Decades of government intervention into economic activity have produced economic distortions, sluggish growth, an unsupportable debt burden, and a rotten financial structure ready to collapse of its own dead weight. In spite of that record, most Europeans want more government. That’s their choice. Like it or not, sooner or later, we reap what we sow.
Imagine someone showing up at your home and saying: “We’re from the government. We’ve determined that this dwelling has more living space than you and your family need. There are so many people who do not have enough. So we’re going to move another family in with you.”
First lady Michelle Obama the other day railed at "the few at the top," who do all sorts of bad things. A few months ago, we began hearing of the "1 percent" who are responsible for the current economic mess. "They" apparently make all their money at the expense of the other 99 percent. Are they the same as last year's villains, who had not paid "their fair share" in making over $200,000 in annual income?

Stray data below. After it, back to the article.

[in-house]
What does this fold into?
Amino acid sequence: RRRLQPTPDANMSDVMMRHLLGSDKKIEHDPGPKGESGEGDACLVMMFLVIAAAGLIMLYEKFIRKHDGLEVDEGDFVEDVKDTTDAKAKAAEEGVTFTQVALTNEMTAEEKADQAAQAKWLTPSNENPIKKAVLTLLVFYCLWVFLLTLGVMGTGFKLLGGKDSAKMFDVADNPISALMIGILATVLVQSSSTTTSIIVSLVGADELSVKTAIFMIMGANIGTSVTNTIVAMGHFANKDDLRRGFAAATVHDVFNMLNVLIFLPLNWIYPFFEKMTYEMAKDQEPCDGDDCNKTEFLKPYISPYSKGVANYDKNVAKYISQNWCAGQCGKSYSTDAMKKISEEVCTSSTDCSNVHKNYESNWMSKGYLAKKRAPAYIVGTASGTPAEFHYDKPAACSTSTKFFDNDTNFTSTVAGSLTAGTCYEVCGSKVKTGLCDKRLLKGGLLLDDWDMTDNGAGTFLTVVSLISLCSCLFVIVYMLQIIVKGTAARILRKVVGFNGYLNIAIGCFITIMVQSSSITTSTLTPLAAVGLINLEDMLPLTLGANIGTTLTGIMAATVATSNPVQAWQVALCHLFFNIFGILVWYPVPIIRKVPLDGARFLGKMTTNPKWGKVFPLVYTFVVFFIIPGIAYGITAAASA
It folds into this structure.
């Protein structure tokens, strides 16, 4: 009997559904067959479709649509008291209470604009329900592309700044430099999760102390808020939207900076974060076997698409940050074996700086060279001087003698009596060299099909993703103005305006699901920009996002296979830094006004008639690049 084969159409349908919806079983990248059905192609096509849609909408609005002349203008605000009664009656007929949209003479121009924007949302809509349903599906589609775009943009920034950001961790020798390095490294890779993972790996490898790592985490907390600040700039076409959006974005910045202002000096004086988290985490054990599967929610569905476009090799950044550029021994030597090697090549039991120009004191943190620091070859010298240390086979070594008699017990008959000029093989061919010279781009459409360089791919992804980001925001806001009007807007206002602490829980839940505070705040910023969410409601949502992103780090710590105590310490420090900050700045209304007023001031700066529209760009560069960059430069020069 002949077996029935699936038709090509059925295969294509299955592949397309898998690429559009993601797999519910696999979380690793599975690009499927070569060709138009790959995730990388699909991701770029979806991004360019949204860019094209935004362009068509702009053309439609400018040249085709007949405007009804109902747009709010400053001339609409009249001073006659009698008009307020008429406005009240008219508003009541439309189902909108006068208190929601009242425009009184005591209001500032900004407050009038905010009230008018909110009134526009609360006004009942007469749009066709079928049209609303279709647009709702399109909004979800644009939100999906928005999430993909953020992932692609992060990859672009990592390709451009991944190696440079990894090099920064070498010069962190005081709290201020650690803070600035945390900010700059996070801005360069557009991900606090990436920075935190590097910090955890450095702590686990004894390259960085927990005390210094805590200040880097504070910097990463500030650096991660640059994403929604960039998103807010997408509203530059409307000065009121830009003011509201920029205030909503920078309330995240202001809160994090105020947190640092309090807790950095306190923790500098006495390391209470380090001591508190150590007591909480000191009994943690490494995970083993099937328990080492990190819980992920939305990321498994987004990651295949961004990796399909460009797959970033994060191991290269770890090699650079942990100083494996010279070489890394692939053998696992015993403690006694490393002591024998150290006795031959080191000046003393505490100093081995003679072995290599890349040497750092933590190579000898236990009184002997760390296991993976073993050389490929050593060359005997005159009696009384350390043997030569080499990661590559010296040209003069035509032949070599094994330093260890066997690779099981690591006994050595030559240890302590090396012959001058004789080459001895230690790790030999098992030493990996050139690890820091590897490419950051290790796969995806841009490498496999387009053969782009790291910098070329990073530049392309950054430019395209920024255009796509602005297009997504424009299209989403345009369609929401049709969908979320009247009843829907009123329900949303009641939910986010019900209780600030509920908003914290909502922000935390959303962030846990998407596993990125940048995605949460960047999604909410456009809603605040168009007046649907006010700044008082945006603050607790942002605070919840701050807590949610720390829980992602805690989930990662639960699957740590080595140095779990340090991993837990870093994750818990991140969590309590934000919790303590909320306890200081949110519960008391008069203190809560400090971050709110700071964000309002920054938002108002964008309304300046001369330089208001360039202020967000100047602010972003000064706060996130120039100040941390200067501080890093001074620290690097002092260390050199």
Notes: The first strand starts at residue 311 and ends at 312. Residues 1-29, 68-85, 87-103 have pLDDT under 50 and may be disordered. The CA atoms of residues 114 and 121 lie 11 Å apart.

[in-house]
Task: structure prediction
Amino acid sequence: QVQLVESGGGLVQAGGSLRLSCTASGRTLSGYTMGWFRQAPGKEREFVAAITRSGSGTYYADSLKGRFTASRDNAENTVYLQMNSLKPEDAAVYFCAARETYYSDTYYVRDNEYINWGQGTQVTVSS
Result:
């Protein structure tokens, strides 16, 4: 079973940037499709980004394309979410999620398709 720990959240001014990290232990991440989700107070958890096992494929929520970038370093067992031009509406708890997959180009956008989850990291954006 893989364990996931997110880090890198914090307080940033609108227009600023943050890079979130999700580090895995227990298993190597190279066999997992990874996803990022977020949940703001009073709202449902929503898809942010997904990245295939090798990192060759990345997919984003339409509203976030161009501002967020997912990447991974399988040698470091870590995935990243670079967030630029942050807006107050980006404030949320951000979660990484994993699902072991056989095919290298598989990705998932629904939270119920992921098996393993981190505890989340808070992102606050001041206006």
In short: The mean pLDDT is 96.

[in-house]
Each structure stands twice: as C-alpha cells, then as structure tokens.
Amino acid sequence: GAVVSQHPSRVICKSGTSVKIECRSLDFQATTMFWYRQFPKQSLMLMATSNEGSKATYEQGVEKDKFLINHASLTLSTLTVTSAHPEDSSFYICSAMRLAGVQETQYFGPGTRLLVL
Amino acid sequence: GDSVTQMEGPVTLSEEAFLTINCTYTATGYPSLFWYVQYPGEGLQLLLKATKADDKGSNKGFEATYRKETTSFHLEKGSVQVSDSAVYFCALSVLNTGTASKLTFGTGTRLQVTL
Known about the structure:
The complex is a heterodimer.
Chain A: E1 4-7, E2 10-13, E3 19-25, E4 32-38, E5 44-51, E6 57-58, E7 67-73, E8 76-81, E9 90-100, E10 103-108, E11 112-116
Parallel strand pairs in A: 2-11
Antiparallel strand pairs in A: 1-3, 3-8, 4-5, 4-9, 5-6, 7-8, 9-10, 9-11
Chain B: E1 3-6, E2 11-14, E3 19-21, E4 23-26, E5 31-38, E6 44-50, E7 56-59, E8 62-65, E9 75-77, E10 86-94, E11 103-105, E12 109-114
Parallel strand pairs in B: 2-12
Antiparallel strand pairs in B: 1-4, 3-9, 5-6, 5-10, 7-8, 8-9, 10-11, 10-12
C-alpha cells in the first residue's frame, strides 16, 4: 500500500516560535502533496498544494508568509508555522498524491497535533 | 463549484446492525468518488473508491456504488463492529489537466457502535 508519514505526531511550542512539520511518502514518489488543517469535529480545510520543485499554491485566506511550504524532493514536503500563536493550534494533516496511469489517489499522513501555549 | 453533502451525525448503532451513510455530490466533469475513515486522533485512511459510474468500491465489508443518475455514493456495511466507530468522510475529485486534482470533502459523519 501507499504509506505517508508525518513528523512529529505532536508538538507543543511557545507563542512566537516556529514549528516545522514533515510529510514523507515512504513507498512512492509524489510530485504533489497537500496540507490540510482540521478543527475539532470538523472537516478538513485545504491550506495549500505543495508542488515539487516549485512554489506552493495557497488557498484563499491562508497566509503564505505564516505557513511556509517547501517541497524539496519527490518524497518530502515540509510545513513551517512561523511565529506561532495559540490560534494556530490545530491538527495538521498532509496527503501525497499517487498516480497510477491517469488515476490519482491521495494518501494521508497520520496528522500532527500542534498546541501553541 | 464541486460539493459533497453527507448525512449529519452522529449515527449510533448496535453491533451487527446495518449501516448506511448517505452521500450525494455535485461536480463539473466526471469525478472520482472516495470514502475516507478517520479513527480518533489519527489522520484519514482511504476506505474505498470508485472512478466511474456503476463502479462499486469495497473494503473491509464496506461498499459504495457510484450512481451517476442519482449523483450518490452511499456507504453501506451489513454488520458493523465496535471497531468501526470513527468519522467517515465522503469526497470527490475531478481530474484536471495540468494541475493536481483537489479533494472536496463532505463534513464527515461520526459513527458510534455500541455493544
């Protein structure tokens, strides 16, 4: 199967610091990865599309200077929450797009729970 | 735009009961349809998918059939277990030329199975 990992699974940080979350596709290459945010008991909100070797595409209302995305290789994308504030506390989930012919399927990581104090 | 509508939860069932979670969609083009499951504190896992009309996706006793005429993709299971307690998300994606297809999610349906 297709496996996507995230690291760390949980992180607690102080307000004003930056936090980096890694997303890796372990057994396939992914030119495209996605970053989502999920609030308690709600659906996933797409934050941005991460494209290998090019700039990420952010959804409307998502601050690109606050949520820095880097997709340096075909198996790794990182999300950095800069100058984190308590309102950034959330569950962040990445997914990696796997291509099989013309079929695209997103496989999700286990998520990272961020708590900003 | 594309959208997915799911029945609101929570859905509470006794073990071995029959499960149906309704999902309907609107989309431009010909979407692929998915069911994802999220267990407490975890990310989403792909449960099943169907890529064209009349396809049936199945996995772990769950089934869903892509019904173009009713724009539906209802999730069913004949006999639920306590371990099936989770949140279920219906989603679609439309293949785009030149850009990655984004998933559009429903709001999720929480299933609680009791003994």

Will its debt-laden balance sheet hold up in the weight of further capital-spending requirements? As it stands now, Clearwire's cash flow and spending trends will be without any more funds by next June.
According to Berkshire Hathaway's (NYSE: BRK-B) most recent filing, the company just purchased 189,000 more shares of this stock. Buffett and Berkshire already had a 216,000 share stake in the company. With the new purchase, they now own 405,000 shares -- a stake worth roughly $125 million.
It’s No Big Deal, But Top Hillary Advisers Knew Right Away That Benghazi Was A Terrorist Attack | Matt Vespa